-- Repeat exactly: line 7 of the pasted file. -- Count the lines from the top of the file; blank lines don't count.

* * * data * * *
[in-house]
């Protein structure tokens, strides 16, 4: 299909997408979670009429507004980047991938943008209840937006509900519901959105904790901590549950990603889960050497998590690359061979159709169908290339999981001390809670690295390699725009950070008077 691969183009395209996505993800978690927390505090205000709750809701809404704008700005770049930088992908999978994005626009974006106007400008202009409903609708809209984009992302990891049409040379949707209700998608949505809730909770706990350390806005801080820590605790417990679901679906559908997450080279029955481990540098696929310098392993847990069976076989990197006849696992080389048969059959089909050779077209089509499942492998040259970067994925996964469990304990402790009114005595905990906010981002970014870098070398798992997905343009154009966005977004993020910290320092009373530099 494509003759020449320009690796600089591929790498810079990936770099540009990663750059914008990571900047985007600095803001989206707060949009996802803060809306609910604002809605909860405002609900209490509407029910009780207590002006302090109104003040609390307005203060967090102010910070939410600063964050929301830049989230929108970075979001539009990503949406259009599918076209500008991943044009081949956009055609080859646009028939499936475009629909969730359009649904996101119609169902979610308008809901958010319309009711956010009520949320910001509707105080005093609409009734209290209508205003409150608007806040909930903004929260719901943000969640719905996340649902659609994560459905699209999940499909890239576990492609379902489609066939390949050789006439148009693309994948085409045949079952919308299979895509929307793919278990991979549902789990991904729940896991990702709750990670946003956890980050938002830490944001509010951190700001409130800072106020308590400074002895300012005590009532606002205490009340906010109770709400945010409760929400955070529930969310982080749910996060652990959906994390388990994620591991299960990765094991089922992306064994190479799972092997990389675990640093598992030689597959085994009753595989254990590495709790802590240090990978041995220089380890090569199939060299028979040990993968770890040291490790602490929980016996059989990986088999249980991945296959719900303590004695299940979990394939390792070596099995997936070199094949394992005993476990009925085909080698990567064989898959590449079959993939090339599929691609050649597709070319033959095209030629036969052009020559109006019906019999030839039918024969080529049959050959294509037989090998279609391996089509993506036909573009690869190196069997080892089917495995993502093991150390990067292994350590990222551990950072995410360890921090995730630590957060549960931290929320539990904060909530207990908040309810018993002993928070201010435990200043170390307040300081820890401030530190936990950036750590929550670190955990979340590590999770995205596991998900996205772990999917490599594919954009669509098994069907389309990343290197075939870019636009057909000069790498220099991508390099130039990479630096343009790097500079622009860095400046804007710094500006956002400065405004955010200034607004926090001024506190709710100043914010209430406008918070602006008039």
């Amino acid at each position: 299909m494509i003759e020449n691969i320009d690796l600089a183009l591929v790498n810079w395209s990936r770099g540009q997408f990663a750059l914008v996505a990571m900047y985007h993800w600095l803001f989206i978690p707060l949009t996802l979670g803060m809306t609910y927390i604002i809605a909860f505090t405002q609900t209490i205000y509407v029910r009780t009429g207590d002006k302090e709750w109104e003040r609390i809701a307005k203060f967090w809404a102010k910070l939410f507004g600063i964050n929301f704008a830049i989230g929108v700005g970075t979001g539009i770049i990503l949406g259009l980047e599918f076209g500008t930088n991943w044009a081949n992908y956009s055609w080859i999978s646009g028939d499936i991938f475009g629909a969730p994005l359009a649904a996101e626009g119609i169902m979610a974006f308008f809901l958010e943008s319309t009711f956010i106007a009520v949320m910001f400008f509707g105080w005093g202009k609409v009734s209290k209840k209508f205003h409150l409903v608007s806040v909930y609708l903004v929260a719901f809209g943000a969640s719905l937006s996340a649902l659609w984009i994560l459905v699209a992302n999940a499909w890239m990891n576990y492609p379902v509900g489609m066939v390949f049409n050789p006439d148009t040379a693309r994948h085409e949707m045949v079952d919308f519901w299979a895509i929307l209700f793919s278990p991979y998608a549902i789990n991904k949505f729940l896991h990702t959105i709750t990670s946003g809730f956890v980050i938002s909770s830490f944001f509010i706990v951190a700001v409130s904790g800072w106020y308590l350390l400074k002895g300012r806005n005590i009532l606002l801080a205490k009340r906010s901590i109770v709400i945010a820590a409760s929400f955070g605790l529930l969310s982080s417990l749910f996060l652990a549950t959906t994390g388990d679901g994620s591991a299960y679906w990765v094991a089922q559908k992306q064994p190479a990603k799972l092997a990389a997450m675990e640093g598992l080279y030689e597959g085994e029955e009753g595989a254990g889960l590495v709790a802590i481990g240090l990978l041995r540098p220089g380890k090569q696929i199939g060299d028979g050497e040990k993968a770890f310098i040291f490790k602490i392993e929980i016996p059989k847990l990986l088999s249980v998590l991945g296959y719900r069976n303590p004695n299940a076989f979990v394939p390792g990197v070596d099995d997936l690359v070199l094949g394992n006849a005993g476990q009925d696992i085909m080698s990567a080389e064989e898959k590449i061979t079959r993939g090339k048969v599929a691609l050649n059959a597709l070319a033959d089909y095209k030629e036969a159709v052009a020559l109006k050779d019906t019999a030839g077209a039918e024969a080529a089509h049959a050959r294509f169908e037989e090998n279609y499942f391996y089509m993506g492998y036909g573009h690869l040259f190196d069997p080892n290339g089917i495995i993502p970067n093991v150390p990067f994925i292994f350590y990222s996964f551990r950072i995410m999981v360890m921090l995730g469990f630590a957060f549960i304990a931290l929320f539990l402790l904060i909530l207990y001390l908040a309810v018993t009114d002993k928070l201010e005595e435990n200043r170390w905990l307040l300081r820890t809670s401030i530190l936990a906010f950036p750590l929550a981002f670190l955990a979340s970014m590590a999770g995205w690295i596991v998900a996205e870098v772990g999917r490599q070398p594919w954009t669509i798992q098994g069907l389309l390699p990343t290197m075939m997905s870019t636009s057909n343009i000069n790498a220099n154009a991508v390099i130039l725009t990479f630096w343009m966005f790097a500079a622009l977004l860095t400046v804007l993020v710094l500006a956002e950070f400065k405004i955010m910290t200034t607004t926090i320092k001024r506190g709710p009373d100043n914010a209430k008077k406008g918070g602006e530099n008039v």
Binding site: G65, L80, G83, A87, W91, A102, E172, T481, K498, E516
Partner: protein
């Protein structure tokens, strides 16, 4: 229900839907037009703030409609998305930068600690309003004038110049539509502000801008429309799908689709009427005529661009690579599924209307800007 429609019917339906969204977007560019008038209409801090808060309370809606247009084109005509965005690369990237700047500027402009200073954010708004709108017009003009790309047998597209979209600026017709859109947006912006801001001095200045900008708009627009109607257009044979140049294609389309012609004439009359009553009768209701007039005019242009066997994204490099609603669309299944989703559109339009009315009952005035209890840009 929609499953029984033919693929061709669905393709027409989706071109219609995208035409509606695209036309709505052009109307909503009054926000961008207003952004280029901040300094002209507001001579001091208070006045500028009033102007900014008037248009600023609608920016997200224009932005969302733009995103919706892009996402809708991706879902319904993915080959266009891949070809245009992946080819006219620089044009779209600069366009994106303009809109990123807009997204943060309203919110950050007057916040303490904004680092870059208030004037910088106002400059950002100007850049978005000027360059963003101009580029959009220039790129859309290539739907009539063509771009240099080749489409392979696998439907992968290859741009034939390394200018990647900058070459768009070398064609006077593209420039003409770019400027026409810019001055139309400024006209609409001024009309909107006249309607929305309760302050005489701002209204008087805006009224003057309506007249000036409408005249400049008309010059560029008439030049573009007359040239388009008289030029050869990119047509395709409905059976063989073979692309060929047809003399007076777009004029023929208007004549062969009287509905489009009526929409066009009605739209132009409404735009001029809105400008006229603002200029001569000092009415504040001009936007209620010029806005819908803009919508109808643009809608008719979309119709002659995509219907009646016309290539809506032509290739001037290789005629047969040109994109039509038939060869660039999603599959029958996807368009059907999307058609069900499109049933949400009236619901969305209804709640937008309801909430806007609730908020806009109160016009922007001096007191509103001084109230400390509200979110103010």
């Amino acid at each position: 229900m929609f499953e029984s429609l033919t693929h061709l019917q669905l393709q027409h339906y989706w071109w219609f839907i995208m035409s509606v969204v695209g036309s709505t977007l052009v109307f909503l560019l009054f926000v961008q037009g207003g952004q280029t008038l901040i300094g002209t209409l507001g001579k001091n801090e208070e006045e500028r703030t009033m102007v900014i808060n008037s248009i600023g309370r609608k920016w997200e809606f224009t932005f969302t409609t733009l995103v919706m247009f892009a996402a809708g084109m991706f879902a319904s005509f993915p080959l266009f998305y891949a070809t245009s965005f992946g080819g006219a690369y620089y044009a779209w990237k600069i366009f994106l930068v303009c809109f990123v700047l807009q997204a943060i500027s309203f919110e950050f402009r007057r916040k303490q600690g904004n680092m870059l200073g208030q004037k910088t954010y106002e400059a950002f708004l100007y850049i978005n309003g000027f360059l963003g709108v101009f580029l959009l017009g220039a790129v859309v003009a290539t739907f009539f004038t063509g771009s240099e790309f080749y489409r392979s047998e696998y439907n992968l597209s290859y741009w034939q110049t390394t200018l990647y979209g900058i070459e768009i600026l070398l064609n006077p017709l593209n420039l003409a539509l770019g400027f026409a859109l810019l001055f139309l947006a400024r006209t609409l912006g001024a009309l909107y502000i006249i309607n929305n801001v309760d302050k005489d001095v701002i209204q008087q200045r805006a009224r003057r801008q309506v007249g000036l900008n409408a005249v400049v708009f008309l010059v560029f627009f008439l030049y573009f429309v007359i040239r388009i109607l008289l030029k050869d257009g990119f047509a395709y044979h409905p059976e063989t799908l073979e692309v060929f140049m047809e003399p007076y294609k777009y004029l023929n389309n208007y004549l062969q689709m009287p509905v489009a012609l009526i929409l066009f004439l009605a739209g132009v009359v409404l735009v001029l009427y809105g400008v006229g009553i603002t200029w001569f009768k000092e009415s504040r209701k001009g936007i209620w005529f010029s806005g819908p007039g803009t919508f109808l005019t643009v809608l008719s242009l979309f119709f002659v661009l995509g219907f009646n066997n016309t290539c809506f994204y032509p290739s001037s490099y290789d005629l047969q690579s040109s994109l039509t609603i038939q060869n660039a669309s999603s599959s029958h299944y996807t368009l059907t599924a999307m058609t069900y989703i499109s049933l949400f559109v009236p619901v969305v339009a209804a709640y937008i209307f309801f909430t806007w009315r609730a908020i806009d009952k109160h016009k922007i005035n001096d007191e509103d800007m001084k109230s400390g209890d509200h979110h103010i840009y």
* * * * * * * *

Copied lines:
């Amino acid at each position: 229900m929609f499953e029984s429609l033919t693929h061709l019917q669905l393709q027409h339906y989706w071109w219609f839907i995208m035409s509606v969204v695209g036309s709505t977007l052009v109307f909503l560019l009054f926000v961008q037009g207003g952004q280029t008038l901040i300094g002209t209409l507001g001579k001091n801090e208070e006045e500028r703030t009033m102007v900014i808060n008037s248009i600023g309370r609608k920016w997200e809606f224009t932005f969302t409609t733009l995103v919706m247009f892009a996402a809708g084109m991706f879902a319904s005509f993915p080959l266009f998305y891949a070809t245009s965005f992946g080819g006219a690369y620089y044009a779209w990237k600069i366009f994106l930068v303009c809109f990123v700047l807009q997204a943060i500027s309203f919110e950050f402009r007057r916040k303490q600690g904004n680092m870059l200073g208030q004037k910088t954010y106002e400059a950002f708004l100007y850049i978005n309003g000027f360059l963003g709108v101009f580029l959009l017009g220039a790129v859309v003009a290539t739907f009539f004038t063509g771009s240099e790309f080749y489409r392979s047998e696998y439907n992968l597209s290859y741009w034939q110049t390394t200018l990647y979209g900058i070459e768009i600026l070398l064609n006077p017709l593209n420039l003409a539509l770019g400027f026409a859109l810019l001055f139309l947006a400024r006209t609409l912006g001024a009309l909107y502000i006249i309607n929305n801001v309760d302050k005489d001095v701002i209204q008087q200045r805006a009224r003057r801008q309506v007249g000036l900008n409408a005249v400049v708009f008309l010059v560029f627009f008439l030049y573009f429309v007359i040239r388009i109607l008289l030029k050869d257009g990119f047509a395709y044979h409905p059976e063989t799908l073979e692309v060929f140049m047809e003399p007076y294609k777009y004029l023929n389309n208007y004549l062969q689709m009287p509905v489009a012609l009526i929409l066009f004439l009605a739209g132009v009359v409404l735009v001029l009427y809105g400008v006229g009553i603002t200029w001569f009768k000092e009415s504040r209701k001009g936007i209620w005529f010029s806005g819908p007039g803009t919508f109808l005019t643009v809608l008719s242009l979309f119709f002659v661009l995509g219907f009646n066997n016309t290539c809506f994204y032509p290739s001037s490099y290789d005629l047969q690579s040109s994109l039509t609603i038939q060869n660039a669309s999603s599959s029958h299944y996807t368009l059907t599924a999307m058609t069900y989703i499109s049933l949400f559109v009236p619901v969305v339009a209804a709640y937008i209307f309801f909430t806007w009315r609730a908020i806009d009952k109160h016009k922007i005035n001096d007191e509103d800007m001084k109230s400390g209890d509200h979110h103010i840009y």